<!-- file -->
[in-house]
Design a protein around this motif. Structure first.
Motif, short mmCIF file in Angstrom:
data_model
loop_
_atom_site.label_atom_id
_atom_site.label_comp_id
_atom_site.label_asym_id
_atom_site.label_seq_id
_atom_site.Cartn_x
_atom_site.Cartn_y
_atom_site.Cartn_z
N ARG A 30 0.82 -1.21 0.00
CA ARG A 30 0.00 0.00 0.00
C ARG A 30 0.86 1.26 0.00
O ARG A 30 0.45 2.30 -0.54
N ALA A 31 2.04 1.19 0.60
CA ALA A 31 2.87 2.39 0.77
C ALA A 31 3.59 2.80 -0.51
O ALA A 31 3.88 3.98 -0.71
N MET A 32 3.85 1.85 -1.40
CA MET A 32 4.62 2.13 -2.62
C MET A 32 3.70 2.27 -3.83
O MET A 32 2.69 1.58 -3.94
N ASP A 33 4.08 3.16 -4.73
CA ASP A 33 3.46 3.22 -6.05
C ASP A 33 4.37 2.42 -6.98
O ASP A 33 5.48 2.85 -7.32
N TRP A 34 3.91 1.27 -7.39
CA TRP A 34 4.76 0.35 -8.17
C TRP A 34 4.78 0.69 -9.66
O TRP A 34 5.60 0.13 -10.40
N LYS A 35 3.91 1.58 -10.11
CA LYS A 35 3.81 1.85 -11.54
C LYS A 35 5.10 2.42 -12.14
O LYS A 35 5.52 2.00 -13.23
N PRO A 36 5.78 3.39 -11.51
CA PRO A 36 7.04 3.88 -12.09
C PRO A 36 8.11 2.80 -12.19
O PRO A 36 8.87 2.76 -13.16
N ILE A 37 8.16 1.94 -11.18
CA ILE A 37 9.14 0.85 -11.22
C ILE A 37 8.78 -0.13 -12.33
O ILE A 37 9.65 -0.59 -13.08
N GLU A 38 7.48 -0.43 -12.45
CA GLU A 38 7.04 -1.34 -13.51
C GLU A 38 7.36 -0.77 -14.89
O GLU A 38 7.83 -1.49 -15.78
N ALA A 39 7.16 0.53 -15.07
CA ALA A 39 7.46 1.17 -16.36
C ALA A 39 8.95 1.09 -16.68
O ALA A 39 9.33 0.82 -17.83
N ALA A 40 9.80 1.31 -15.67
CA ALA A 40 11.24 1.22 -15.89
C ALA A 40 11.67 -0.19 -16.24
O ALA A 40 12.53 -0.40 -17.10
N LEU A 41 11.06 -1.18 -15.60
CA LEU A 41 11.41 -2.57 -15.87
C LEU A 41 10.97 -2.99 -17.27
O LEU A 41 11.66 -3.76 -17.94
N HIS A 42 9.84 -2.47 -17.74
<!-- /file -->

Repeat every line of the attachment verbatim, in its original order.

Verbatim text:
[in-house]
Design a protein around this motif. Structure first.
Motif, short mmCIF file in Angstrom:
data_model
loop_
_atom_site.label_atom_id
_atom_site.label_comp_id
_atom_site.label_asym_id
_atom_site.label_seq_id
_atom_site.Cartn_x
_atom_site.Cartn_y
_atom_site.Cartn_z
N ARG A 30 0.82 -1.21 0.00
CA ARG A 30 0.00 0.00 0.00
C ARG A 30 0.86 1.26 0.00
O ARG A 30 0.45 2.30 -0.54
N ALA A 31 2.04 1.19 0.60
CA ALA A 31 2.87 2.39 0.77
C ALA A 31 3.59 2.80 -0.51
O ALA A 31 3.88 3.98 -0.71
N MET A 32 3.85 1.85 -1.40
CA MET A 32 4.62 2.13 -2.62
C MET A 32 3.70 2.27 -3.83
O MET A 32 2.69 1.58 -3.94
N ASP A 33 4.08 3.16 -4.73
CA ASP A 33 3.46 3.22 -6.05
C ASP A 33 4.37 2.42 -6.98
O ASP A 33 5.48 2.85 -7.32
N TRP A 34 3.91 1.27 -7.39
CA TRP A 34 4.76 0.35 -8.17
C TRP A 34 4.78 0.69 -9.66
O TRP A 34 5.60 0.13 -10.40
N LYS A 35 3.91 1.58 -10.11
CA LYS A 35 3.81 1.85 -11.54
C LYS A 35 5.10 2.42 -12.14
O LYS A 35 5.52 2.00 -13.23
N PRO A 36 5.78 3.39 -11.51
CA PRO A 36 7.04 3.88 -12.09
C PRO A 36 8.11 2.80 -12.19
O PRO A 36 8.87 2.76 -13.16
N ILE A 37 8.16 1.94 -11.18
CA ILE A 37 9.14 0.85 -11.22
C ILE A 37 8.78 -0.13 -12.33
O ILE A 37 9.65 -0.59 -13.08
N GLU A 38 7.48 -0.43 -12.45
CA GLU A 38 7.04 -1.34 -13.51
C GLU A 38 7.36 -0.77 -14.89
O GLU A 38 7.83 -1.49 -15.78
N ALA A 39 7.16 0.53 -15.07
CA ALA A 39 7.46 1.17 -16.36
C ALA A 39 8.95 1.09 -16.68
O ALA A 39 9.33 0.82 -17.83
N ALA A 40 9.80 1.31 -15.67
CA ALA A 40 11.24 1.22 -15.89
C ALA A 40 11.67 -0.19 -16.24
O ALA A 40 12.53 -0.40 -17.10
N LEU A 41 11.06 -1.18 -15.60
CA LEU A 41 11.41 -2.57 -15.87
C LEU A 41 10.97 -2.99 -17.27
O LEU A 41 11.66 -3.76 -17.94
N HIS A 42 9.84 -2.47 -17.74